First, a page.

The 2022 Volvo XC60 is a mid-size, five-seater SUV powered by what’s called a “mild” hybrid system featuring a 48-volt battery to help improve fuel economy. It’s Volvo’s best-selling model, with annual sales in Canada close to the 2,000 unit mark.
This test vehicle had a 2.0-litre four-cylinder engine producing a 310 hp engine mated to a hybrid system to improve fuel economy; it’s not designed to operate only on electric power. Volvo says it can accelerate from 0 to 100 km in 6.2 seconds.
According to Natural Resources Canada, it’s rated at 11.0 litres per 100 km in the city and 8.7 litres per 100 km on the highway.
The XC60 has a starting price of $51,450, putting it between the XC40 ($42,250) and the XC90 ($70,950). The XC60 is also between the two in size. With a wheelbase of 2,865 mm. (112 in.) and an overall length of 4,708 mm. (185 in.), the XC60 is 283 mm. (11 in.) longer than the XC40 and 245 mm (9.7 in) shorter than the XC90.
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My test vehicle was the B6 Inscription model, with a price of $75,650. Options included the $1,000 Climate Package (headlamp cleaners, heated rear seat and heated steering wheel); the $2,900 Advanced Package (heads up display, pilot assist, 360-degree camera, 12V outlet in the luggage area); the $1,300 massaging front seats; the $3,750 Bowers and Wilkins premium sound system; the $900 metallic paint; and the $1,000 alloy wheels.
I found the exterior styling attractive.
The best part was getting behind the wheel and settling into the ultra-comfortable Volvo seats. This would be the ideal vehicle for long-distance trips, especially with two drivers who could take turns behind the wheel. The driver would not feel fatigued from the seats, and the passenger could comfortably fall asleep. And what a place to snooze. The interior is quiet, classy and elegant. The gear shifter knob on the console is Orrefors crystal.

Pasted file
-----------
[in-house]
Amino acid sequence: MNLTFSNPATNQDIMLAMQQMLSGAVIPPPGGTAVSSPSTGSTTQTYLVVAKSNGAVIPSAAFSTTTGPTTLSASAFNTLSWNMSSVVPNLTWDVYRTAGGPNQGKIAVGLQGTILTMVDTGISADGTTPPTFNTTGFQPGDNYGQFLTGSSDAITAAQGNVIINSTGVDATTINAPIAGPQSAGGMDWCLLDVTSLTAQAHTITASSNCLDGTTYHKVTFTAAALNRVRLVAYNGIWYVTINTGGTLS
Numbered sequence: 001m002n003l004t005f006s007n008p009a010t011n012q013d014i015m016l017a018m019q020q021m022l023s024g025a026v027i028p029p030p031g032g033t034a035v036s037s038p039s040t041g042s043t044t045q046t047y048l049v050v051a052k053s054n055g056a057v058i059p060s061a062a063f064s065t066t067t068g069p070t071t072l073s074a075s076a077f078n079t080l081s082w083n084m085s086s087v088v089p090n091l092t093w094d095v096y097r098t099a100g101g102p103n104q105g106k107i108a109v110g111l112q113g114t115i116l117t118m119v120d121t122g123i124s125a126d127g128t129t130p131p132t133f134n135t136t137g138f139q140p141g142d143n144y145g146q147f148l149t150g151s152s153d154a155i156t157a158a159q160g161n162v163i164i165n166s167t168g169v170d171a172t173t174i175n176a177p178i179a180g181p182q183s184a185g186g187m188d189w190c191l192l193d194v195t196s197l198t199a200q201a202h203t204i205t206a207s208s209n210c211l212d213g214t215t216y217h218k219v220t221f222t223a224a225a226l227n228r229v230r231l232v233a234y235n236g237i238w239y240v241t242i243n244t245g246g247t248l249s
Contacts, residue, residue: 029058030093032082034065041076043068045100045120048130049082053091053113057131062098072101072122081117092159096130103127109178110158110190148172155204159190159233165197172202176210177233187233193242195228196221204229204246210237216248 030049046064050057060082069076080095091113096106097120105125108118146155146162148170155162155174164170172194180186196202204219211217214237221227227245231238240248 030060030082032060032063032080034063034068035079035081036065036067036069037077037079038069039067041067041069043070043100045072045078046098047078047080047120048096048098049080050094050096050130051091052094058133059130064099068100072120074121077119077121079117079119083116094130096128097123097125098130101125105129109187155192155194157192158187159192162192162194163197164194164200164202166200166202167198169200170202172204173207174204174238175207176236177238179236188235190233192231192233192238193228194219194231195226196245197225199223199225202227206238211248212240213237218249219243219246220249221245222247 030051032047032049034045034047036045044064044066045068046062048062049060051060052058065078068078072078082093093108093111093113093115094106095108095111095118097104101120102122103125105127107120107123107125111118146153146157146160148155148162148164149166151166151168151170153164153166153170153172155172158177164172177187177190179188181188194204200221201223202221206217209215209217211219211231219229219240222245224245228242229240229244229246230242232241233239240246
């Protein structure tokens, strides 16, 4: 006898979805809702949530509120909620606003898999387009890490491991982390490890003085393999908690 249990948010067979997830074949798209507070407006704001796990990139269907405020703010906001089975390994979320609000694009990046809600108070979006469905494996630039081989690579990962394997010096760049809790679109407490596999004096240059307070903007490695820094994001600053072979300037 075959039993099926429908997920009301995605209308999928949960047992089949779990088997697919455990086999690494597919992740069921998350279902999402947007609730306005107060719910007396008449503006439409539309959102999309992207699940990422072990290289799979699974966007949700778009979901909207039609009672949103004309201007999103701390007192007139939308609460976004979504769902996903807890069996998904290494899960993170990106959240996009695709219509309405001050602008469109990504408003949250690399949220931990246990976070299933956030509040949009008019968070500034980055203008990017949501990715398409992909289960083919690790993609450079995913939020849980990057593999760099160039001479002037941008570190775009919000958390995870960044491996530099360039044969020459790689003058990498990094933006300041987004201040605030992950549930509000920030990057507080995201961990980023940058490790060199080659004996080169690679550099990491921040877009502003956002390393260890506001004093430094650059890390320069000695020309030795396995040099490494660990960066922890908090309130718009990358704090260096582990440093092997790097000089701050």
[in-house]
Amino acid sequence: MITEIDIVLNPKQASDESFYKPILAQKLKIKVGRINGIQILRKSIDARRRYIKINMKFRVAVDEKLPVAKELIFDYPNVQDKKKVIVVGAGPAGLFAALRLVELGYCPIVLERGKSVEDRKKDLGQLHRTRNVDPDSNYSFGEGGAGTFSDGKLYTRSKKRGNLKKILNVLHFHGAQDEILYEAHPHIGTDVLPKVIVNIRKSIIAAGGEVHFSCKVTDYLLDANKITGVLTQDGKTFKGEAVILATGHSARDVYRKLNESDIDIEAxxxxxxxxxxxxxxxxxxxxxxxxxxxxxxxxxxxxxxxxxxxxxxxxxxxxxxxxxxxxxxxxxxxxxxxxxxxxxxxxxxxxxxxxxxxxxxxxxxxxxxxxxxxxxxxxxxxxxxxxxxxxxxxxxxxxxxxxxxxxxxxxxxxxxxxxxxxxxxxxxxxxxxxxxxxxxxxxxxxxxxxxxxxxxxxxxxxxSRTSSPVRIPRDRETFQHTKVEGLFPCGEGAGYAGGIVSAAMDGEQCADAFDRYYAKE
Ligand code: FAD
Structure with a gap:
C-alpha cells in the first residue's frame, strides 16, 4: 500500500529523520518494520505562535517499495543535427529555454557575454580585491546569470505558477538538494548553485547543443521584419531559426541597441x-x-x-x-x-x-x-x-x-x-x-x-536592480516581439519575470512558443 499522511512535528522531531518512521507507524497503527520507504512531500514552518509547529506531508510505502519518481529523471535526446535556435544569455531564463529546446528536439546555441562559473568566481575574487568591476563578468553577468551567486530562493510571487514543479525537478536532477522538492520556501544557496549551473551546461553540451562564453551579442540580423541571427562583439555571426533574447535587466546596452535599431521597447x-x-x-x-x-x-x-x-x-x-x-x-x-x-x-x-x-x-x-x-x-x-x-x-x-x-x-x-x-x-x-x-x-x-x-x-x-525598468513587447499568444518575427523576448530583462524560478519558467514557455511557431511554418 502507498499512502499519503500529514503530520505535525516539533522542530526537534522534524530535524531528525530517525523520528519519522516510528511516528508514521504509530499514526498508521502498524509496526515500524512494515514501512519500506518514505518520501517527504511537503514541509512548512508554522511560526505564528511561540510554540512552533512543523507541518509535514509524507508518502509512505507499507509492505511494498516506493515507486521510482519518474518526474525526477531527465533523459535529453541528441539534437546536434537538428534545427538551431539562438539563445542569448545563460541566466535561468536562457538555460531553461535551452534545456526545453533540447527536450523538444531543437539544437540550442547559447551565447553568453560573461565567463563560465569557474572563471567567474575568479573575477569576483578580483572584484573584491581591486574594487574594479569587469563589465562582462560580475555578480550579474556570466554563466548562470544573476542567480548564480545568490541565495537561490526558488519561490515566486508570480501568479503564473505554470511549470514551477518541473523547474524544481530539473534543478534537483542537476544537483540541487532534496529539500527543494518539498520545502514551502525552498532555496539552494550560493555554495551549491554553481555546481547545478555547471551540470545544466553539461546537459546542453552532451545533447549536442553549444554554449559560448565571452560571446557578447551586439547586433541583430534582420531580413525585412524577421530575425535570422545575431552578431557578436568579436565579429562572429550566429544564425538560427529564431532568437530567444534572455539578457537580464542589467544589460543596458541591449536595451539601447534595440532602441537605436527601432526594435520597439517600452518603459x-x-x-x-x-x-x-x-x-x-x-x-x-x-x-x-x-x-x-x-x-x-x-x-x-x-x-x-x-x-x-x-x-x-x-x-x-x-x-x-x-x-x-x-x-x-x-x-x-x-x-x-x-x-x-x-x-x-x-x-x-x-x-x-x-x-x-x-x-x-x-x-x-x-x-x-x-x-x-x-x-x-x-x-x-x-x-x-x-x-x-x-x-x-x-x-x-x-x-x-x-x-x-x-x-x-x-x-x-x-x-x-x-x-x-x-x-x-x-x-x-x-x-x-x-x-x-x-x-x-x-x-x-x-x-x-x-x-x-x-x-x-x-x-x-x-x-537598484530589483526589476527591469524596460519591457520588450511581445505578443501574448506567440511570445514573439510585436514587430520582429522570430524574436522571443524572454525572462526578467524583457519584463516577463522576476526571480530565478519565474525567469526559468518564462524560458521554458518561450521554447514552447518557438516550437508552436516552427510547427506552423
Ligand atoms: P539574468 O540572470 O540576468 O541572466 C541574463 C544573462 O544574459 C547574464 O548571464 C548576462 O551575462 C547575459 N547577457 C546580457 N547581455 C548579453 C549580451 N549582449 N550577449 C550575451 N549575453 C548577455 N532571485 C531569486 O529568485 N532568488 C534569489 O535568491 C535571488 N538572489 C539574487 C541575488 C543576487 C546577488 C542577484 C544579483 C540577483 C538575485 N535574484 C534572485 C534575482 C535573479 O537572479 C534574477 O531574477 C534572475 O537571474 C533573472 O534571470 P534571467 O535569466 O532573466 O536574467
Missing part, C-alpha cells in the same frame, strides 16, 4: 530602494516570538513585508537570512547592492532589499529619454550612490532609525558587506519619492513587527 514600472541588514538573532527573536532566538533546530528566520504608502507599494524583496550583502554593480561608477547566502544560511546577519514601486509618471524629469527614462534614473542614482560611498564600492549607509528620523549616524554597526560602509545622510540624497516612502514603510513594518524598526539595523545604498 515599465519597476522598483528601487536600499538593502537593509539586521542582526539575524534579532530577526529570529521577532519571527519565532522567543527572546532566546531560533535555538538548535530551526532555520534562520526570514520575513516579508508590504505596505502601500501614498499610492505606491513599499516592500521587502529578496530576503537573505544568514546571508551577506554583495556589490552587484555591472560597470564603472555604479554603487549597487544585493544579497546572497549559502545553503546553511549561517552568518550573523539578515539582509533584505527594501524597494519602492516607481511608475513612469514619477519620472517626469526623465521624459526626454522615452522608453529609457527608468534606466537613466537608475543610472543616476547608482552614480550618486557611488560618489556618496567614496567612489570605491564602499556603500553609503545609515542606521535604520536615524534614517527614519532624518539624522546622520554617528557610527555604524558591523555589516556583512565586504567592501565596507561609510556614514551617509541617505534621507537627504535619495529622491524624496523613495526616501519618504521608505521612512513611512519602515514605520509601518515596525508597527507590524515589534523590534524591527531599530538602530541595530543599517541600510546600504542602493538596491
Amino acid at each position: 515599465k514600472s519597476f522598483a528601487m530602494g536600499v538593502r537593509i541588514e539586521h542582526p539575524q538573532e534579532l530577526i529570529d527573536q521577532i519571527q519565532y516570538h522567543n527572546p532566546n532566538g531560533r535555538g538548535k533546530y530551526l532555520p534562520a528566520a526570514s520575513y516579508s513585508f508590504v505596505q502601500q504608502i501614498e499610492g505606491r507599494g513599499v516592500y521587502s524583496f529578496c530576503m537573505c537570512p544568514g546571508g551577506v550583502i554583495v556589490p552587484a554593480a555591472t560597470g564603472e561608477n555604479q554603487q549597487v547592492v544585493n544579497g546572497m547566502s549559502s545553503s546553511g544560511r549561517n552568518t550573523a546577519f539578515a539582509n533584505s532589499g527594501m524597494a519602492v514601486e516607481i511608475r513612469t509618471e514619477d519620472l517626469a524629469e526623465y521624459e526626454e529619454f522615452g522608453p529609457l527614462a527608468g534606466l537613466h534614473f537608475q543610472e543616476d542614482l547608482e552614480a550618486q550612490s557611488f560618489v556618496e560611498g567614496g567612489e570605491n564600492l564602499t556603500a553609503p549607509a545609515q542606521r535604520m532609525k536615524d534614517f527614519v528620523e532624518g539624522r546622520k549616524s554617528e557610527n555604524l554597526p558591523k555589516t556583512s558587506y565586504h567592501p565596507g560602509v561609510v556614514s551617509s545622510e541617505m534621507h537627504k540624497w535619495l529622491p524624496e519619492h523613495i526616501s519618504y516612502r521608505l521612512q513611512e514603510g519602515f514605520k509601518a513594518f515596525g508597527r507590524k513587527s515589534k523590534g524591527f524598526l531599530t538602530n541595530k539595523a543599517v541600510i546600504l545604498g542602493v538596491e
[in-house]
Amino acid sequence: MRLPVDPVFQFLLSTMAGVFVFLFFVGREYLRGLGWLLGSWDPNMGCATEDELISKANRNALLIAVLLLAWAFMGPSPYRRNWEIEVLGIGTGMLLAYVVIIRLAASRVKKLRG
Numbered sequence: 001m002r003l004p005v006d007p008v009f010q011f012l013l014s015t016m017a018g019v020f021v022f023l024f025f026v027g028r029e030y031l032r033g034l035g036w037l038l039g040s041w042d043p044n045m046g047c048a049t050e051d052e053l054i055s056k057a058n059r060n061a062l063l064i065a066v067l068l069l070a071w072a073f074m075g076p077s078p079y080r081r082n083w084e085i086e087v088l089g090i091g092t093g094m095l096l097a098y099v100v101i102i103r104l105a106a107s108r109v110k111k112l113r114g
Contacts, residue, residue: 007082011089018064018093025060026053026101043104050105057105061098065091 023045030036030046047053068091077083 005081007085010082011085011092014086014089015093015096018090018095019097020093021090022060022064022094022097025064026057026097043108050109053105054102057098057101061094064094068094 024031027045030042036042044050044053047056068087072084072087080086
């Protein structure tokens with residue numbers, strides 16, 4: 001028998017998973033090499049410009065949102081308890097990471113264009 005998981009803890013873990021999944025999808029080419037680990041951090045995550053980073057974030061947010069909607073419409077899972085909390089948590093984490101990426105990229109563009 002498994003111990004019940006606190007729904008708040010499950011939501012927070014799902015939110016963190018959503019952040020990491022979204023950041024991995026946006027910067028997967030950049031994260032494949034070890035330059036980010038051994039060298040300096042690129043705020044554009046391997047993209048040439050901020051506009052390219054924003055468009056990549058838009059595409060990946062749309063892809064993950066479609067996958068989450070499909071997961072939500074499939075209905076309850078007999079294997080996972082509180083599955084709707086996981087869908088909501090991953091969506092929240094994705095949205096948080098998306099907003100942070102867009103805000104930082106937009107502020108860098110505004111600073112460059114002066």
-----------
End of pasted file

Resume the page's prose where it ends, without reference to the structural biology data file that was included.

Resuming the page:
It’s an ideal size for both city driving and highway cruising. It’s nimble and easy to manoeuvre and park in urban areas, yet out in the country, it feels the right size; not too small and not too big.
However, while sitting behind the wheel is comfortable, it’s also confusing when it comes to simple tasks such as adjusting the climate controls or changing the radio stations. You have to make these adjustments through the large, centre-mounted display screen, which is often awkward and cumbersome. You must also focus on the nav screen to complete simple tasks – when one should be focused on the road and traffic ahead. While Volvo is certainly not alone in this approach, I prefer vehicles with some actual knobs and buttons on the dashboard to do such simple things as changing the speed of the fan or selecting a different radio station.
Even going through the nav screen to make these changes on the Volvo is more complex than on some other brands, which runs to Volvo’s decades-long focus on safety. Don’t loan this vehicle to a friend or relative for a quick spin or a weekend jaunt without first giving them some lessons on how to operate the controls.
Competitors in this mid-size luxury SUV segment include the Acura RDX, the Audi Q5, the BMW X3, the Genes GV70, the Lincoln Nautilus, and the Mercedes-Benz GLC.
The Volvo XC60 balances performance, economy, comfort, size and hauling capacity. But improvements to the information system with more intuitive controls and more actual buttons would go a long way to making this vehicle easier to operate and enjoy.
Dale Johnson is an award-winning author, broadcaster and journalist who has worked in TV, radio, print and online. While the manufacturer provided Dale with a vehicle to test drive, the content of this review was not reviewed or accepted by the manufacturer.
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